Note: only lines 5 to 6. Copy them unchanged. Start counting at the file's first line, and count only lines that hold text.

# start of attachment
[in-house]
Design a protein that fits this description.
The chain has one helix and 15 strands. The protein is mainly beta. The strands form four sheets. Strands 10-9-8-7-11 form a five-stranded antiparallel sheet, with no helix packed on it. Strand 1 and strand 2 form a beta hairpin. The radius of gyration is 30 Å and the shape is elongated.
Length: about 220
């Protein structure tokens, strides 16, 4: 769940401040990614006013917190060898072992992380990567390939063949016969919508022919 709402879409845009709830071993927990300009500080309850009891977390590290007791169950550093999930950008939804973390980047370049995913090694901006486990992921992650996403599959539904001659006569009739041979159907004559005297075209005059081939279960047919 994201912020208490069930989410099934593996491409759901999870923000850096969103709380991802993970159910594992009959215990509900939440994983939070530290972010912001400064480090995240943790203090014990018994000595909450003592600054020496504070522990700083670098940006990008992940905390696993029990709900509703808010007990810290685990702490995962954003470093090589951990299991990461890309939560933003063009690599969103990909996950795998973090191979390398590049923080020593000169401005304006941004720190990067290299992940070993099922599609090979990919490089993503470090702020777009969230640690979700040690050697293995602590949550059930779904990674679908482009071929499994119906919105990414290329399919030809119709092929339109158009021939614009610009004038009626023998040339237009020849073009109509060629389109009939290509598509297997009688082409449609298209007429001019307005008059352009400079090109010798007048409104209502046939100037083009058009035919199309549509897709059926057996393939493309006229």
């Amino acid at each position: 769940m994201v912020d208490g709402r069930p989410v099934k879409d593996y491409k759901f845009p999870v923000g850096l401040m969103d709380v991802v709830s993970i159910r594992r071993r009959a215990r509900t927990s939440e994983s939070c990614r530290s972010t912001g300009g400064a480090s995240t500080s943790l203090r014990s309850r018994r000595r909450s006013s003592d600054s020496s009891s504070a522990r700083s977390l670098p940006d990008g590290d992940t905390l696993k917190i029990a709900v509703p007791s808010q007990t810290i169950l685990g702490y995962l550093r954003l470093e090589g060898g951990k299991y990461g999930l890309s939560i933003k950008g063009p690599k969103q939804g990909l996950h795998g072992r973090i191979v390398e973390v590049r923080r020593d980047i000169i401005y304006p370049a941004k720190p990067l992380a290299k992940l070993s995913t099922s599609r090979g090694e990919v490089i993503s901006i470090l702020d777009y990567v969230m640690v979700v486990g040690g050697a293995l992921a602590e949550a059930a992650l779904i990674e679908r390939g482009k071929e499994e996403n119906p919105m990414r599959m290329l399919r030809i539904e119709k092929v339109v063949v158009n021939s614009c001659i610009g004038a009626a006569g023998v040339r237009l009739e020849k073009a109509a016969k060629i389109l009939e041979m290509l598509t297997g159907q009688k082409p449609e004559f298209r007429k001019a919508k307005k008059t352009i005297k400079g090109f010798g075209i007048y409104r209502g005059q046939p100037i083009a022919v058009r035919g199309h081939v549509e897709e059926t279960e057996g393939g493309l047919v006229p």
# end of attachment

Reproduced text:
């Protein structure tokens, strides 16, 4: 769940401040990614006013917190060898072992992380990567390939063949016969919508022919 709402879409845009709830071993927990300009500080309850009891977390590290007791169950550093999930950008939804973390980047370049995913090694901006486990992921992650996403599959539904001659006569009739041979159907004559005297075209005059081939279960047919 994201912020208490069930989410099934593996491409759901999870923000850096969103709380991802993970159910594992009959215990509900939440994983939070530290972010912001400064480090995240943790203090014990018994000595909450003592600054020496504070522990700083670098940006990008992940905390696993029990709900509703808010007990810290685990702490995962954003470093090589951990299991990461890309939560933003063009690599969103990909996950795998973090191979390398590049923080020593000169401005304006941004720190990067290299992940070993099922599609090979990919490089993503470090702020777009969230640690979700040690050697293995602590949550059930779904990674679908482009071929499994119906919105990414290329399919030809119709092929339109158009021939614009610009004038009626023998040339237009020849073009109509060629389109009939290509598509297997009688082409449609298209007429001019307005008059352009400079090109010798007048409104209502046939100037083009058009035919199309549509897709059926057996393939493309006229």
């Amino acid at each position: 769940m994201v912020d208490g709402r069930p989410v099934k879409d593996y491409k759901f845009p999870v923000g850096l401040m969103d709380v991802v709830s993970i159910r594992r071993r009959a215990r509900t927990s939440e994983s939070c990614r530290s972010t912001g300009g400064a480090s995240t500080s943790l203090r014990s309850r018994r000595r909450s006013s003592d600054s020496s009891s504070a522990r700083s977390l670098p940006d990008g590290d992940t905390l696993k917190i029990a709900v509703p007791s808010q007990t810290i169950l685990g702490y995962l550093r954003l470093e090589g060898g951990k299991y990461g999930l890309s939560i933003k950008g063009p690599k969103q939804g990909l996950h795998g072992r973090i191979v390398e973390v590049r923080r020593d980047i000169i401005y304006p370049a941004k720190p990067l992380a290299k992940l070993s995913t099922s599609r090979g090694e990919v490089i993503s901006i470090l702020d777009y990567v969230m640690v979700v486990g040690g050697a293995l992921a602590e949550a059930a992650l779904i990674e679908r390939g482009k071929e499994e996403n119906p919105m990414r599959m290329l399919r030809i539904e119709k092929v339109v063949v158009n021939s614009c001659i610009g004038a009626a006569g023998v040339r237009l009739e020849k073009a109509a016969k060629i389109l009939e041979m290509l598509t297997g159907q009688k082409p449609e004559f298209r007429k001019a919508k307005k008059t352009i005297k400079g090109f010798g075209i007048y409104r209502g005059q046939p100037i083009a022919v058009r035919g199309h081939v549509e897709e059926t279960e057996g393939g493309l047919v006229p």